His research includes collaborations with scientists from Asia, Europe, and Latin America, and he also serves on the editorial boards of five international research journals. In addition to teaching courses, Dr. Anisimov has advised several PhD students, supervised the research of undergraduate students, and mentored junior faculty and community college instructors.

In 2013, Dr. Anisimov established the Light Scattering Center at UMCP to promote research, education, and commerce in new fields of materials science, chemical and biomolecular engineering, colloid science, and chemistry and biochemistry for academia, government labs, and industry." Reads the official announcement.


Elaine Oran recognized with Honorary Doctorate

April 16, 2015. Professor Elain Oran was recognized by the Institut National des Sciences Appliquées (INSA) Rouen with an Honorary Doctorate during the 30-year Anniversary Program on April 3.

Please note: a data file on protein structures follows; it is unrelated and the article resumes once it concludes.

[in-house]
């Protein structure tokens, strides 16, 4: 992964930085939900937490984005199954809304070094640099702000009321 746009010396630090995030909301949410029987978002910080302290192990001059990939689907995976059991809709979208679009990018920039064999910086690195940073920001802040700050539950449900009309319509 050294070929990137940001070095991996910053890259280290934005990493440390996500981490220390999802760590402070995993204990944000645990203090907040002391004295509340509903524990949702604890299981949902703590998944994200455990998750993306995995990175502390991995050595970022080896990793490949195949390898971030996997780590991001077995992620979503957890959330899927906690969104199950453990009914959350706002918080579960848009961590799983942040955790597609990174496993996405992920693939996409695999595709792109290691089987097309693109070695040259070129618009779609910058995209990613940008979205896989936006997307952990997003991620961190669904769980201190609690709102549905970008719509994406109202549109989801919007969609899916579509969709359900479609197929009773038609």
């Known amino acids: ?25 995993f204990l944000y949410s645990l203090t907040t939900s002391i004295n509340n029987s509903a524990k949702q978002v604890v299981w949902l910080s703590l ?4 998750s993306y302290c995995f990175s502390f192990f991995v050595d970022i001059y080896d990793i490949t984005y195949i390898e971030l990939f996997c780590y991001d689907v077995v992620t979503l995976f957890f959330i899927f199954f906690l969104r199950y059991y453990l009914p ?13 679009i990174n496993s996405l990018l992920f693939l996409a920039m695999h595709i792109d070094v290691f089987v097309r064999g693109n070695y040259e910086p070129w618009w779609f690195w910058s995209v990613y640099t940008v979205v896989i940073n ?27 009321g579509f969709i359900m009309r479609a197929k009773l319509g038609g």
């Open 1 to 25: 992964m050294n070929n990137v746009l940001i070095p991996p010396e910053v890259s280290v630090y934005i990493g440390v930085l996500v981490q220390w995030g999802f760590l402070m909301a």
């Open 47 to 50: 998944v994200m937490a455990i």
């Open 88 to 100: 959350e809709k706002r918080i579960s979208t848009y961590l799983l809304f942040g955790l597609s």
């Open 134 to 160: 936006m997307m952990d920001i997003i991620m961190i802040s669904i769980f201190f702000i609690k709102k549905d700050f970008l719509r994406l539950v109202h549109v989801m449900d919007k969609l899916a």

DJ Patil named Chief Data Scientist at White House

April 16, 2015. On February 18 Dr. Dhanurjay "DJ" Patil, UMD alum and a student of Jim Yorke, was named Deputy Chief Technology Officer for Data Policy and Chief Data Scientist in the Office of Science and Technology Policy at the White House. He was interviewed by Amrita Jayakumar, from The Washington Post.


Work on neutron detection featured in local newspaper

April 16, 2015. Professor Michael Coplan’s work with his collaborators on neutron detection was featured in the Diamondback on its March 31, 2015 issue.


Fushman and Sukharev elected Affiliate Professors at IPST